The world we live in today is constantly changing. From having to move house, to making new friends and welcoming new products and information in the market, the pace of change is progressing at a rate that is faster than what we are able to keep up with at times.
Change can be overwhelming, especially for children who thrive on routine and appreciate the comfort of knowing what happens when. While we try our best to shelter our children from the effects of the changes that happen in their lives, it is also important that we teach them to cope with change – both big and small – and arm them with valuable life skills along the way.
Coping with change starts with building resilience
Records of research conducted indicate that children learn how to cope with change and the ups and downs of life by developing resilience. Widely known as one of the inherent traits we are all born with, psychologists have confirmed that resilience is, in fact, one of the most important qualities that parents can teach their children – alongside compassion and gratitude.
Studies have shown that children as young as two years old learn about stress management and coping strategies by watching and copying the actions of the adults around them. In addition, there is also concrete evidence which indicates how good early relationships with carers can help to make children more resilient – and the earlier this resilience-building is started, the better.
5 simple tips for helping children cope with change
As parents, we can build resilience in our children by letting them know that although some aspects of life are bound to change, your love and care for them remains constant.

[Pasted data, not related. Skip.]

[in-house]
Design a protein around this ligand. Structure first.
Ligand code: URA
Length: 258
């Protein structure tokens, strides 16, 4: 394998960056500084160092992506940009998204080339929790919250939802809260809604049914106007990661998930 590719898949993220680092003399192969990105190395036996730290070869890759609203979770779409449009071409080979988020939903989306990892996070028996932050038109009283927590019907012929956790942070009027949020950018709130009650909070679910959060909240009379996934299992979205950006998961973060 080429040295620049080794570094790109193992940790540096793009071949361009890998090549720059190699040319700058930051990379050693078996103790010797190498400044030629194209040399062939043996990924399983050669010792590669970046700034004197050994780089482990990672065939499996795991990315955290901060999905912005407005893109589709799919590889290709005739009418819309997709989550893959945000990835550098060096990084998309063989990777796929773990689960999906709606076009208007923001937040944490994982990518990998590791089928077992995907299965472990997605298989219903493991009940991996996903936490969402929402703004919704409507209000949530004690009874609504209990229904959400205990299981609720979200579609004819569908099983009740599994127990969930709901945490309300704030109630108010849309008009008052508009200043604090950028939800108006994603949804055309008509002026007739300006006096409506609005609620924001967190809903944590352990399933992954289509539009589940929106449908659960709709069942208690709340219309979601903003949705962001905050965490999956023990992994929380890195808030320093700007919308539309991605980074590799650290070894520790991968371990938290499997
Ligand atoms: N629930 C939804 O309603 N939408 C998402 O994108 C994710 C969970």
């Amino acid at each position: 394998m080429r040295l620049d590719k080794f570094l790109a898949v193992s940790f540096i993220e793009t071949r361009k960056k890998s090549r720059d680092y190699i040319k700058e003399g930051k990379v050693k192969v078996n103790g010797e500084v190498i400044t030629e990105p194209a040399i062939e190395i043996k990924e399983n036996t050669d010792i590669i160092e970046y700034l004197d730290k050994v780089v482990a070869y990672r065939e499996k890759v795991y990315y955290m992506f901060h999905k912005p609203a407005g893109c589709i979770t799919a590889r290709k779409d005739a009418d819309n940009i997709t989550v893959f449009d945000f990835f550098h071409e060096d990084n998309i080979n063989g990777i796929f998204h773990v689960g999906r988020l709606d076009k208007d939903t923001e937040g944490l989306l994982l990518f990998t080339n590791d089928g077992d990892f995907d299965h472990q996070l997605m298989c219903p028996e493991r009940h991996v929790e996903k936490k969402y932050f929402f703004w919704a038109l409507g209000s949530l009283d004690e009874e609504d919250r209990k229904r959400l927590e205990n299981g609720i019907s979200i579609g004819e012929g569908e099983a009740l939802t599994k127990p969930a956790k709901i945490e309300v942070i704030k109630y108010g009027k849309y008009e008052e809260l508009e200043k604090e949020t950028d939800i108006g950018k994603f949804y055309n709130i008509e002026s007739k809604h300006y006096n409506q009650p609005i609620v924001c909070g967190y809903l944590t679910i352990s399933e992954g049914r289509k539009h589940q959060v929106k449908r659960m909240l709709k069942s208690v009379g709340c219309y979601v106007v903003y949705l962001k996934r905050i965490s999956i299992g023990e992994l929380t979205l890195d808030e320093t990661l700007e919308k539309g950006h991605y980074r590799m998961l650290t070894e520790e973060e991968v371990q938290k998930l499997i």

Here are some simple strategies which you can put in place to help your children:
1. Answer their questions
Your children will have a lot of questions on their mind, so you need to create an environment in which they feel secure asking you about the changes they are going through. Asking questions is a way of helping them process the change and the answers they receive from both mum and dad will help them deal with the transition.
2. Give them advance notice
Nobody enjoys coping with changes that occur out of a sudden, so we should not expect our children to embrace changes that are thrown to them without a moment’s notice. To ensure that both of you get a good head start in embracing the change, do talk them through the changes early to allow them to get their heads around it. Make sure to give them opportunities to ask questions as well, as this helps them cope with the change.
3. Keep to routines as much as possible
Do not attempt to change everything at once. As much as possible, try to keep all routines in your children’s lives in place – and this includes bedtime routines, TV and homework time and the books you read to them.
4. Give them time to grieve
When we move to a new place, change schools or make any changes in life, we leave memories behind. Let your children talk to you about what they miss and don’t jump into pointing out all the wonderful things about the new change right away. Give them time to “mourn” for what they have lost before helping them move on with life.
5. Expect some regression
While coping with change, it is common for children to regress to earlier behaviours. For example, a child who had been toilet trained may revert back to soiling himself/herself and one who have learnt to sleep without a night light would once again be afraid to sleep in the dark. Take comfort in knowing that it is normal for them to behave this way, and try to be patient as you work with them to get past old habits and behaviours.